The Register-Herald, Beckley, West Virginia

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January 9, 2013

U.S. attorney discusses crime fighting work

U.S. Attorney Booth Goodwin joined the Beckley Rotary Club meeting Tuesday at the Beckley-Raleigh County Convention Center to discuss how his office is working to solve crime problems in southern West Virginia and how community leaders can help.

In solving crime problems, Goodwin said there are three important steps: be proactive, constantly adapt and find solutions outside of law enforcement.

In his nearly 12 years as a prosecutor and three as U.S. Attorney for the Southern District, he said law enforcement must look at the community and figure out how crime is hurting people.

“We must constantly adapt because criminals are constantly adapting. We have to keep our eyes open and our ears to the ground and know what the competition is doing.”

He said solutions must also be found outside of law enforcement, such as how crimes can be prevented in the first place.

Goodwin noted the many prescription drug and fraudulent scheme crimes his office works to prosecute.

“Prescription drug abuse is an epidemic. West Virginia has the highest rate of drug overdose death, killing more people per year than car accident deaths.”

Goodwin said this epidemic is affecting all socioeconomic backgrounds, and although his office has successfully prosecuted nearly 200 prescription drug dealers, the state is still in crisis mode.

Seniors are particularly at risk, he said, because of having needed medications at home and they are physically more vulnerable.

“The medical community is making great strides, but we have a lot more work to do. It is critical to win this war.”

While Goodwin has prosecuted a number of physicians over the years, he said it is extremely difficult.

“It takes a great deal of resources to do so.”

He said a very small fraction of doctors transition from prescribing narcotics because of “medical necessity” to becoming “pill mills.”

If doctors ensure they see the patient, make sure the patient is only visiting one doctor and one pharmacy, and make sure they follow up with the patients, doctors can avoid becoming a “pill mill.”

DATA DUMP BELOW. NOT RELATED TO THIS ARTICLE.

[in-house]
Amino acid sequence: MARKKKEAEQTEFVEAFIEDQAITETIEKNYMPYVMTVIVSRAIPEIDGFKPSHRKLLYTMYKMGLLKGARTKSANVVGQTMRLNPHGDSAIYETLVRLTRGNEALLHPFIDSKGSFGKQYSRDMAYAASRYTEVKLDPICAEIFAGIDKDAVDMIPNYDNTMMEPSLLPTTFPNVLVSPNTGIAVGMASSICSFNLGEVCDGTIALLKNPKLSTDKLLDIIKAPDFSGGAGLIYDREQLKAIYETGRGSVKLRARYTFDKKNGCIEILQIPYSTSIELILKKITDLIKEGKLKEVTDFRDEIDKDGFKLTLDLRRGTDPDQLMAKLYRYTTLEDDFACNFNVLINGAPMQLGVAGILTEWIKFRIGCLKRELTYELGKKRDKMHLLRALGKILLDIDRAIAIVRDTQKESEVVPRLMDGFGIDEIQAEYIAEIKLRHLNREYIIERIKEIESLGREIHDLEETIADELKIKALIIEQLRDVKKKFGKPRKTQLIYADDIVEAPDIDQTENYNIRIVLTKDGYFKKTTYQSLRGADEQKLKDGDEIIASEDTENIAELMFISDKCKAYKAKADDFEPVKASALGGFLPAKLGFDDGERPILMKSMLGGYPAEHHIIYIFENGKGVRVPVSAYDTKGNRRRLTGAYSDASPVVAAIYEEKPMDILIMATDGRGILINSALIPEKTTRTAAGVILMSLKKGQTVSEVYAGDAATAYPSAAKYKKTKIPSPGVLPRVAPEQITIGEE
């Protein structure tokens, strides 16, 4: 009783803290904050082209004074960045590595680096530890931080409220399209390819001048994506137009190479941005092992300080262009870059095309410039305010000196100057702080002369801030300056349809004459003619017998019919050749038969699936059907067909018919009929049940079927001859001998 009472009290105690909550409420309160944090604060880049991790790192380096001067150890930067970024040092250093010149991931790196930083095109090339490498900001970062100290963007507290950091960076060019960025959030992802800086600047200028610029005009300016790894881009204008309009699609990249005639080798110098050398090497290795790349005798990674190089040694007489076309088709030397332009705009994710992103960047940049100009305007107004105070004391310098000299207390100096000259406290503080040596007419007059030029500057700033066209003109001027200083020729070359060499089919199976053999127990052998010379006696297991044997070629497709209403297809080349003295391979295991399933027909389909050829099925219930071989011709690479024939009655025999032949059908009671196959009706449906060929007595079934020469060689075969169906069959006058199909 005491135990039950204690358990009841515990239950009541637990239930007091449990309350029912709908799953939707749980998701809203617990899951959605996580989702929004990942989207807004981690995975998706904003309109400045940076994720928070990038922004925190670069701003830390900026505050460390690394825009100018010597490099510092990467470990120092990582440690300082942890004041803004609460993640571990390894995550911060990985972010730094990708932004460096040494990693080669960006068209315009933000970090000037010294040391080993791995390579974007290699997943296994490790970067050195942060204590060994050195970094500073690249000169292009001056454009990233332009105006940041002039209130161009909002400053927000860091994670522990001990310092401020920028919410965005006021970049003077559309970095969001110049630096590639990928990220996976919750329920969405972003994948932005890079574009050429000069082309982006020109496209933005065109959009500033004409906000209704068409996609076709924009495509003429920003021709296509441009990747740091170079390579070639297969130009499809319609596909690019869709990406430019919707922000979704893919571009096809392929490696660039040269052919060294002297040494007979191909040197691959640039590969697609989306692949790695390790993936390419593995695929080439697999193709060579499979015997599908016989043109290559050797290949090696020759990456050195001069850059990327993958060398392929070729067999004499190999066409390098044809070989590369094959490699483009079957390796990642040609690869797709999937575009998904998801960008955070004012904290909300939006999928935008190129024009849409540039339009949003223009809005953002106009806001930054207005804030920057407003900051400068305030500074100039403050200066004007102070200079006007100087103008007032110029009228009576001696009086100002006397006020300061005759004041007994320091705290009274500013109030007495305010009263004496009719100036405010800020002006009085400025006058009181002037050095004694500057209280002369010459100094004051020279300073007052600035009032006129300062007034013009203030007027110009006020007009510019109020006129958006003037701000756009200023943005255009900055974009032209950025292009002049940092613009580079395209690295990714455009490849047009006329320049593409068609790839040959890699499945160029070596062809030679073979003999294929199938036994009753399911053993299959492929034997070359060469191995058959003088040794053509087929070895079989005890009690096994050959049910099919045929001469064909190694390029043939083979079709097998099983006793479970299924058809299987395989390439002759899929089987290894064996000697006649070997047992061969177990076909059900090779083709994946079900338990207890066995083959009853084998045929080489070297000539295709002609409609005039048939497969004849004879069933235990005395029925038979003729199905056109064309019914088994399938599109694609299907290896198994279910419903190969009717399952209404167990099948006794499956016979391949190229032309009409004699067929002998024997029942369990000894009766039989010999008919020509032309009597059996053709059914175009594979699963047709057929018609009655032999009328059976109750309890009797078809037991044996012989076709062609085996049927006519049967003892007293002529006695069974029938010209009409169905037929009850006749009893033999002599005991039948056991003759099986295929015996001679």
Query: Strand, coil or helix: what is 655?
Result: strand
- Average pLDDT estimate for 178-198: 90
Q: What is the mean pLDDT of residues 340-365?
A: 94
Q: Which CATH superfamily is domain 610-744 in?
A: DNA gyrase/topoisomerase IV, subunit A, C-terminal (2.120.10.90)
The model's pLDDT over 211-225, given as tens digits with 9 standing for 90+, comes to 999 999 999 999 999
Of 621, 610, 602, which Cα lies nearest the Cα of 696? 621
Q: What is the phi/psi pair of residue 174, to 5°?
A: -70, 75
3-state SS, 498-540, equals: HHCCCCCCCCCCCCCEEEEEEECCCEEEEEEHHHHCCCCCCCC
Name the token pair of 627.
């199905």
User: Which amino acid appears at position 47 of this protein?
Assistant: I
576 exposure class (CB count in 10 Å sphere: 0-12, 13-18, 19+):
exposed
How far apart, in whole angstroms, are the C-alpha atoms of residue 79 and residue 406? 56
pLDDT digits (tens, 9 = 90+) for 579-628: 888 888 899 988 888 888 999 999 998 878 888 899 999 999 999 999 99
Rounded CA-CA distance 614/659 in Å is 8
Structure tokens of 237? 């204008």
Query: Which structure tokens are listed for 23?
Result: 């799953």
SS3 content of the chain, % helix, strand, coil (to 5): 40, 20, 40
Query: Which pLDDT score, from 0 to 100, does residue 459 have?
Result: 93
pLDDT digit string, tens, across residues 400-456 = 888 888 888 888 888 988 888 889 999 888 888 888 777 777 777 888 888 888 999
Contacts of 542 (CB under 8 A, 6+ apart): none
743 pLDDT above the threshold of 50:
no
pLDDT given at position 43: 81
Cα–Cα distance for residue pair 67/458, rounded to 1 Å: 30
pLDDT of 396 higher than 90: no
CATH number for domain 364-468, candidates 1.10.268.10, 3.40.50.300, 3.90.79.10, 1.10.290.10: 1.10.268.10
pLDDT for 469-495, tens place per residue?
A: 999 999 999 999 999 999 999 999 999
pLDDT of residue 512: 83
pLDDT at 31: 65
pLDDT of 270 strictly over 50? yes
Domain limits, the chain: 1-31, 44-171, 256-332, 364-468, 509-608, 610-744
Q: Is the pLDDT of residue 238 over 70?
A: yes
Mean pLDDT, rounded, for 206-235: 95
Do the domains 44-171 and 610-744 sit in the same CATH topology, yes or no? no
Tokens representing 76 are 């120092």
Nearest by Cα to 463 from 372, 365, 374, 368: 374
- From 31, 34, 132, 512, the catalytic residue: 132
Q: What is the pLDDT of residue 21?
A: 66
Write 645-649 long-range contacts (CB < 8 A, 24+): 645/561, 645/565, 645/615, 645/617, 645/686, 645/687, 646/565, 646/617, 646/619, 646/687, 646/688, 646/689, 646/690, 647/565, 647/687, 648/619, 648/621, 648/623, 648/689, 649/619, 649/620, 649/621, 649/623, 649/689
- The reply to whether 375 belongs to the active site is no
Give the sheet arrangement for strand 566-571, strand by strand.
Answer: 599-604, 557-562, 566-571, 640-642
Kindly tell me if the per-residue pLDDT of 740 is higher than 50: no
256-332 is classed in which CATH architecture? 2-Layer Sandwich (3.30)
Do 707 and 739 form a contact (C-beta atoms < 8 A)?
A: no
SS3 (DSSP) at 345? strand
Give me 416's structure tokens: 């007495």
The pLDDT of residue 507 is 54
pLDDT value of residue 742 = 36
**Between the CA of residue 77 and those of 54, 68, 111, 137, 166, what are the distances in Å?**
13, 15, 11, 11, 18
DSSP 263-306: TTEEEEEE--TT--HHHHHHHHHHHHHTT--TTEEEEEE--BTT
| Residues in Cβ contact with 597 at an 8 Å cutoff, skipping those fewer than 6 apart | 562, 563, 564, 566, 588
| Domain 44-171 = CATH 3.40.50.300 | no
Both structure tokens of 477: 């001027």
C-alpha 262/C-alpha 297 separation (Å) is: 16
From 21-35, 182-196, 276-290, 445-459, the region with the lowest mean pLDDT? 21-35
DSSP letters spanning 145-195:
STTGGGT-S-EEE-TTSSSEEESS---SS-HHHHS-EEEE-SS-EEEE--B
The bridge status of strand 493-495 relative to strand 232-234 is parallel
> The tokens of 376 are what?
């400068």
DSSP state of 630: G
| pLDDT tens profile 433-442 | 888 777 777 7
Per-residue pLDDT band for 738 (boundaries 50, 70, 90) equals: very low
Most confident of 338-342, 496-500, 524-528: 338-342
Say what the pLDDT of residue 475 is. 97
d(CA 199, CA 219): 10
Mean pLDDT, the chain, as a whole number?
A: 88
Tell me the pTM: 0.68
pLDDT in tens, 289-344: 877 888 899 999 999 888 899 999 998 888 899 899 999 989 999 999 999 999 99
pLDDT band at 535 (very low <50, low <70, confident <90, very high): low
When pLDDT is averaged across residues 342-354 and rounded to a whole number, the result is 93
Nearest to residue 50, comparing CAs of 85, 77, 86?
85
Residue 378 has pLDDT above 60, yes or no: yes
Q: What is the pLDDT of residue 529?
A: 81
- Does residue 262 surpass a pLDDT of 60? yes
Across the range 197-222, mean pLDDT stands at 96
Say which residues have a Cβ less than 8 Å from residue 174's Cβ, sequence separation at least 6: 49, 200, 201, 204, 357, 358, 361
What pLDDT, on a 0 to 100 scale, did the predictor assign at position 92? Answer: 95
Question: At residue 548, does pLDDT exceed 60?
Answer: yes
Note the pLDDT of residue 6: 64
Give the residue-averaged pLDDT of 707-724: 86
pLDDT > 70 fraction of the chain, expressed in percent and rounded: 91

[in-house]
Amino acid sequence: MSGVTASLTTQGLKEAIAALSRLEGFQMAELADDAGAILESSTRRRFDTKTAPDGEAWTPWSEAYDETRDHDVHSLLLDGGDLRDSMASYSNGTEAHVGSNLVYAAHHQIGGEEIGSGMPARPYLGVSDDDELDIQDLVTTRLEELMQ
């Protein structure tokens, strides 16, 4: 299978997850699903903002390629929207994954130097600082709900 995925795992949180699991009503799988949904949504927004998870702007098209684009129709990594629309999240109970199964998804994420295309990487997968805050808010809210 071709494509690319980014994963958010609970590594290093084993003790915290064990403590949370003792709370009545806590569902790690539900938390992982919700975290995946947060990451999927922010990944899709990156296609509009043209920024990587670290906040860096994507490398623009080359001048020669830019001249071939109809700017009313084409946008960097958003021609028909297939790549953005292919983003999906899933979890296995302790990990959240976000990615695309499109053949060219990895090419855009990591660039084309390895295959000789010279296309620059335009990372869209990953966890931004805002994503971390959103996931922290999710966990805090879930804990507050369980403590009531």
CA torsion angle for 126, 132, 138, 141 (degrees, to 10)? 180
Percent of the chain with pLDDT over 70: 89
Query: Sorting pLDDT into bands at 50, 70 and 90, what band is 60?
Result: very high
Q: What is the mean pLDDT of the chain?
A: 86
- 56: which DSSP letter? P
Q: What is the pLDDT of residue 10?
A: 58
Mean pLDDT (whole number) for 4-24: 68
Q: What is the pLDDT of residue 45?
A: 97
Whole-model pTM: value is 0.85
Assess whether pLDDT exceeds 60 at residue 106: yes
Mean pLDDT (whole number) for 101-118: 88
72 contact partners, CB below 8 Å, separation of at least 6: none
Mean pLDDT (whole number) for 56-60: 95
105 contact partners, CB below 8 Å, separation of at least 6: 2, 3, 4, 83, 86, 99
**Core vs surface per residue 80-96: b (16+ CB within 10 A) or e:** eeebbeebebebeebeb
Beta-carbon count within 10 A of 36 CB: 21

Raleigh County Memorial Airport Manager Tom Cochran asked if Goodwin felt that methadone clinics were helping the problem or just making it worse.

“Whether it’s working, I’m not sure,” Goodwin replied. “But we do need greater levels of treatments available. There are not nearly enough.”

Goodwin said community members can help fight this epidemic in several ways.

First, get unwanted medications out of your home. Drug Take Back Days are offered in April and September each year and local police departments collect unwanted medications year-round.

“If they’re not there, they can’t be abused.”

Second, Goodwin said to identify those who need help and get them help.

“It doesn’t get better without intervention.”

He also noted the number of fraudulent schemes that have been tricking people out of their hard earned money.

“We try to prosecute these cases when we find them, but many hide behind fake e-mails. It’s impossible to get that money back.”

He urged community leaders to reach out, be proactive and talk to their friends, neighbors and family members about the issues.

By identifying problems and communicating concerns to law enforcement, Goodwin said we can make serious strides.

“Strong communities can fight these problems.”

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